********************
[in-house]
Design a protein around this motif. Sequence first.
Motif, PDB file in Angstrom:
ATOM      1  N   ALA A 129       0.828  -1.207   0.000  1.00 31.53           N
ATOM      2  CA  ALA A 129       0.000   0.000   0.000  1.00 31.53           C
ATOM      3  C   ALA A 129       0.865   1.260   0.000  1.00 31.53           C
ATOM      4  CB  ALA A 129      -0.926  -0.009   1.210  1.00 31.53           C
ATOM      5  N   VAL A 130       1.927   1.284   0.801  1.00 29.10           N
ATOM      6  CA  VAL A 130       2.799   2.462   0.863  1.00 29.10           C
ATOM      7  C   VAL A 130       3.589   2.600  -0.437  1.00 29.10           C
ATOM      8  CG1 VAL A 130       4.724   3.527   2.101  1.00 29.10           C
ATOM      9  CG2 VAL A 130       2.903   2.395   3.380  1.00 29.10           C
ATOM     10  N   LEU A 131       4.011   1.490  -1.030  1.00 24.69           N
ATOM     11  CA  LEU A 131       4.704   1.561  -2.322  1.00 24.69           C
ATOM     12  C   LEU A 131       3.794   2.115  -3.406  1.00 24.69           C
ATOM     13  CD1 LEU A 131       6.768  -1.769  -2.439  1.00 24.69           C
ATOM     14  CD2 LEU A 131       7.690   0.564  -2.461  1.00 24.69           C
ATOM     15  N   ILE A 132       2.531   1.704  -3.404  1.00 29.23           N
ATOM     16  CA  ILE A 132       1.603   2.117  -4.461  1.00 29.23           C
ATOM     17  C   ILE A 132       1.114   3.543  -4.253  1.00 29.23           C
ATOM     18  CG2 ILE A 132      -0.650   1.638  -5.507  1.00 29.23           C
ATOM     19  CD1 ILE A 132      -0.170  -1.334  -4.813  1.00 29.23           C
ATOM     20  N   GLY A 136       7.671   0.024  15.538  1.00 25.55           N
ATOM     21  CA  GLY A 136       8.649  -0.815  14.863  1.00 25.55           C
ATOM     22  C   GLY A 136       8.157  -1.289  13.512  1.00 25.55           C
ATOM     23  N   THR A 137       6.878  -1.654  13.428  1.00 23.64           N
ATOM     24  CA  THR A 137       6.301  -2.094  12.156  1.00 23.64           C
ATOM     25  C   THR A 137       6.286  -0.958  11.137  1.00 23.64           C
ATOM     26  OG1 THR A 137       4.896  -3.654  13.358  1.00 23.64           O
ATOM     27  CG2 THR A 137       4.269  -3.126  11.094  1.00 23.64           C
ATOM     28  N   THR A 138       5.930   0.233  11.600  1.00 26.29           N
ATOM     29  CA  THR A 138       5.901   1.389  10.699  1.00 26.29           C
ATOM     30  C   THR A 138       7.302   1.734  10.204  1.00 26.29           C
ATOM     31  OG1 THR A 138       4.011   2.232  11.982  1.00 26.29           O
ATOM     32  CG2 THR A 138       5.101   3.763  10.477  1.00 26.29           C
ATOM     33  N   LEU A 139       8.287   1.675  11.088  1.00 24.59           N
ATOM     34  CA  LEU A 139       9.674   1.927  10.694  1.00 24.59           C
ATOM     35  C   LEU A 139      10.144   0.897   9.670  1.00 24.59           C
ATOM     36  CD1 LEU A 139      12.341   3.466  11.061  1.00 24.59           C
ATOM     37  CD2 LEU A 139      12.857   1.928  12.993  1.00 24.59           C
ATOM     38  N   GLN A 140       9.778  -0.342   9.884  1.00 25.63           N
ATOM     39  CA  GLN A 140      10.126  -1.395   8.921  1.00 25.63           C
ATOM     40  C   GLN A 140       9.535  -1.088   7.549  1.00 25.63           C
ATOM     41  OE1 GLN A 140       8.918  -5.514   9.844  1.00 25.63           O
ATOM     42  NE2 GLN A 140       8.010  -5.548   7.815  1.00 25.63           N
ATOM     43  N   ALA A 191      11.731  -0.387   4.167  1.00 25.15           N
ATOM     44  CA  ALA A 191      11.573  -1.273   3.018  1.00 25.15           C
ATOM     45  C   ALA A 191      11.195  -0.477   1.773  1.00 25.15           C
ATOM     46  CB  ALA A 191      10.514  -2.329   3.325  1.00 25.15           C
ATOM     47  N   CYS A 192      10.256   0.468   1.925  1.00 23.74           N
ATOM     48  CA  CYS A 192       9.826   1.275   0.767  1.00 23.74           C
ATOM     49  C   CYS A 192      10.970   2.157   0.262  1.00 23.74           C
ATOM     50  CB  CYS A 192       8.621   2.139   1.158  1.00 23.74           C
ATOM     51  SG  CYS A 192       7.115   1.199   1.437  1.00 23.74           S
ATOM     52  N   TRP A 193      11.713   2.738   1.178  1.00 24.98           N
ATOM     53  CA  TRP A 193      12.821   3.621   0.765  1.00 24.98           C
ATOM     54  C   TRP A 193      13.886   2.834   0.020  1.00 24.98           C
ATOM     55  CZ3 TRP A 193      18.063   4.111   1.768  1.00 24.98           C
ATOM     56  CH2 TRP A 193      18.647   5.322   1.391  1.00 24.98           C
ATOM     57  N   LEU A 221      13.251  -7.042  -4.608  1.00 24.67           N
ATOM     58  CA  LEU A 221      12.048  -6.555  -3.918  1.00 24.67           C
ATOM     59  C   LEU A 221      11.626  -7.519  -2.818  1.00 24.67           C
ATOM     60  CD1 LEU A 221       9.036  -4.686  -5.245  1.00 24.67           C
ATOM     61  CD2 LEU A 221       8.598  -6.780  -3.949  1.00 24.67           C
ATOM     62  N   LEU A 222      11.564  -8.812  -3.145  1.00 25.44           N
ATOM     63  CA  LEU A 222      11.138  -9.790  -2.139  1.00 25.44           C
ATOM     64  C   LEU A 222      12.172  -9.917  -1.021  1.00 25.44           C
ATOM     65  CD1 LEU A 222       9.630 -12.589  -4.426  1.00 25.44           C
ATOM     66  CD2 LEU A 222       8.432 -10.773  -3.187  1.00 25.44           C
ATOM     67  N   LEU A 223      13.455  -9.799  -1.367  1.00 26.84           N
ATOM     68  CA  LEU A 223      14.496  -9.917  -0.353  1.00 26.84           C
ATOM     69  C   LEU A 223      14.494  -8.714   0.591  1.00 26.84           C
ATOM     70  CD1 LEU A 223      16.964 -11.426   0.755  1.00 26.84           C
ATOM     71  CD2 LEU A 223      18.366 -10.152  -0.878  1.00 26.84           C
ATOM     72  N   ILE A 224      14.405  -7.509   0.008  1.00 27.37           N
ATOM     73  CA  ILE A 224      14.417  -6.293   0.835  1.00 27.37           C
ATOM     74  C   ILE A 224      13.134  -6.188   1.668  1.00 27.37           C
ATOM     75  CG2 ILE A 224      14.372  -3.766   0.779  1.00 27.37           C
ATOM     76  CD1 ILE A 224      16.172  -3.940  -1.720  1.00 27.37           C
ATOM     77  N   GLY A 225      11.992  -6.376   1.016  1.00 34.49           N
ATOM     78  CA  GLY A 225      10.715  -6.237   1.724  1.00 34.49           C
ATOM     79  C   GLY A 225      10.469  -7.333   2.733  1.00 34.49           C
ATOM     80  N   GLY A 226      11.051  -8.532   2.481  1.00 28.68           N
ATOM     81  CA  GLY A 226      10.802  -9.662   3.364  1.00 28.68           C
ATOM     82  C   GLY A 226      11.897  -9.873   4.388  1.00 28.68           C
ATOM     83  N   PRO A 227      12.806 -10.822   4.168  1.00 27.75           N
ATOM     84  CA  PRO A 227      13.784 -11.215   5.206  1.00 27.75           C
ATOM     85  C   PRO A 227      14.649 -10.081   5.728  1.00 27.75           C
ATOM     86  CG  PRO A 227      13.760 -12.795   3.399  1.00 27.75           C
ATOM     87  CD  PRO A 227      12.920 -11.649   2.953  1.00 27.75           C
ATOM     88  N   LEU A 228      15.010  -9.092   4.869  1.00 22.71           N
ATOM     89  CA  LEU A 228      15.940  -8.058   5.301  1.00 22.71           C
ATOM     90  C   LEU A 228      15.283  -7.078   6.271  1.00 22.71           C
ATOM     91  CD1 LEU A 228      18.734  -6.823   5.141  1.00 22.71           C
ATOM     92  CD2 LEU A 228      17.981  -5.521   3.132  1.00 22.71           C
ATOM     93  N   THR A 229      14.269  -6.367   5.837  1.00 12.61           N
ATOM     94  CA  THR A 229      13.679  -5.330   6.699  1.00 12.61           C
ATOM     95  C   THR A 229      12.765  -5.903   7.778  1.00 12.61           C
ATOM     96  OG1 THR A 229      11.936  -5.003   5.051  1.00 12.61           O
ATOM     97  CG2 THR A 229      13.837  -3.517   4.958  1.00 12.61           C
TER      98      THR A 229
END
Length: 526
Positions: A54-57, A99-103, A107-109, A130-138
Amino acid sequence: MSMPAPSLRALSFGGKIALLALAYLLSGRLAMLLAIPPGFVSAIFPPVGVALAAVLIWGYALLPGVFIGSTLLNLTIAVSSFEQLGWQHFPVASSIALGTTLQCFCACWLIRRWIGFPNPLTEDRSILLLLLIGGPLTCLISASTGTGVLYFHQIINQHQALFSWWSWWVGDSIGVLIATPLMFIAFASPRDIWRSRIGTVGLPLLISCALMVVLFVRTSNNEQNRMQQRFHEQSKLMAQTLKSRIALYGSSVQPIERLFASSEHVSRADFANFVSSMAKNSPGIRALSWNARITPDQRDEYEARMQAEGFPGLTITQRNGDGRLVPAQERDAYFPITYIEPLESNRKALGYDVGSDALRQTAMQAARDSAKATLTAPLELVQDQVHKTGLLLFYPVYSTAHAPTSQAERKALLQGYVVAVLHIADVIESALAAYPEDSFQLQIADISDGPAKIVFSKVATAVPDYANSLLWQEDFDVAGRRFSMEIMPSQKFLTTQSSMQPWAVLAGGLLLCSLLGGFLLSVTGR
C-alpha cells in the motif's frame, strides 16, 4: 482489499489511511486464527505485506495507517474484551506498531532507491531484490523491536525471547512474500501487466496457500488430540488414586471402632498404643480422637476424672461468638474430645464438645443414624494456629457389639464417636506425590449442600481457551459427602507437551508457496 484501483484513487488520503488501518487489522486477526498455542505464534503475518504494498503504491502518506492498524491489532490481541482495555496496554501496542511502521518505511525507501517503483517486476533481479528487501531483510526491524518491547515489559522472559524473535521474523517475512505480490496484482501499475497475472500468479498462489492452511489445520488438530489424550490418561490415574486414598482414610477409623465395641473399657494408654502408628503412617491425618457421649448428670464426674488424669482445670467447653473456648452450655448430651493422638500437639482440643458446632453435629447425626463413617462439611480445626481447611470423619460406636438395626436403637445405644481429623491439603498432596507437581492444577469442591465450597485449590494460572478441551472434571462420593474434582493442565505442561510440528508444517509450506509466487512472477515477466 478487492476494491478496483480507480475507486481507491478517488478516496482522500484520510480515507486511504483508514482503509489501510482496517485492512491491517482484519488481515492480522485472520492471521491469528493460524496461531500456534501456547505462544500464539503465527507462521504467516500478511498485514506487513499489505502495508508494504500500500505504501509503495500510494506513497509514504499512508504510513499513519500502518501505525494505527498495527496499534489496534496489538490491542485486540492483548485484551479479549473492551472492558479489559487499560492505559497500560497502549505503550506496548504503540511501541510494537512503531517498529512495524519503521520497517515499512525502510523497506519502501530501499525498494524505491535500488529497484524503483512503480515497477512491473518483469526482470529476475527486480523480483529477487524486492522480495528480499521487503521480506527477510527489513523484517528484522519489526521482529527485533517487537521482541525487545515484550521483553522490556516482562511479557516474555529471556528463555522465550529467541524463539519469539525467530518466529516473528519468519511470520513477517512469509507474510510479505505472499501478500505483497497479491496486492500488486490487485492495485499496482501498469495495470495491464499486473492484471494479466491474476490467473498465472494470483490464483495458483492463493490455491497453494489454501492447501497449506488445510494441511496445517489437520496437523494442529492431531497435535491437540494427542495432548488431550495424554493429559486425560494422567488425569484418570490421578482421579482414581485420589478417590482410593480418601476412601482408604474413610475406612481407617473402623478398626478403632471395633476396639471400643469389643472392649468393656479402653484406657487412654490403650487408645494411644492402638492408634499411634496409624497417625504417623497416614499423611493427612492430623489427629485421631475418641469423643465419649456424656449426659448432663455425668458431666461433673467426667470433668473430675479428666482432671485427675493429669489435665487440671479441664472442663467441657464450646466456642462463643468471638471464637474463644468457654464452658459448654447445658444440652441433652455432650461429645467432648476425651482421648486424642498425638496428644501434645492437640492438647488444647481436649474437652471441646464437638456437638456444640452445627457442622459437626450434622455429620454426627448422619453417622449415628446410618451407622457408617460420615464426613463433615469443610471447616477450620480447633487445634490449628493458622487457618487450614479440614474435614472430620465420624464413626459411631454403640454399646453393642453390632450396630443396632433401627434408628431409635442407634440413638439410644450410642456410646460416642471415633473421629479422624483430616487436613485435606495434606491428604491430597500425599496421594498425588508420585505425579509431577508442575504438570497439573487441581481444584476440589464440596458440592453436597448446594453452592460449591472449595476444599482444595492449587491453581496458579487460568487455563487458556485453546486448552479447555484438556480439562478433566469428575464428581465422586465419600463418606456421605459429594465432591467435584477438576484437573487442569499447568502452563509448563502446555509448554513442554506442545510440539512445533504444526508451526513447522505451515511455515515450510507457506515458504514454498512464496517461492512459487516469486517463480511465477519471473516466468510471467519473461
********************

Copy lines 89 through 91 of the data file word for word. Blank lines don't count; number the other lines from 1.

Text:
ATOM     86  CG  PRO A 227      13.760 -12.795   3.399  1.00 27.75           C
ATOM     87  CD  PRO A 227      12.920 -11.649   2.953  1.00 27.75           C
ATOM     88  N   LEU A 228      15.010  -9.092   4.869  1.00 22.71           N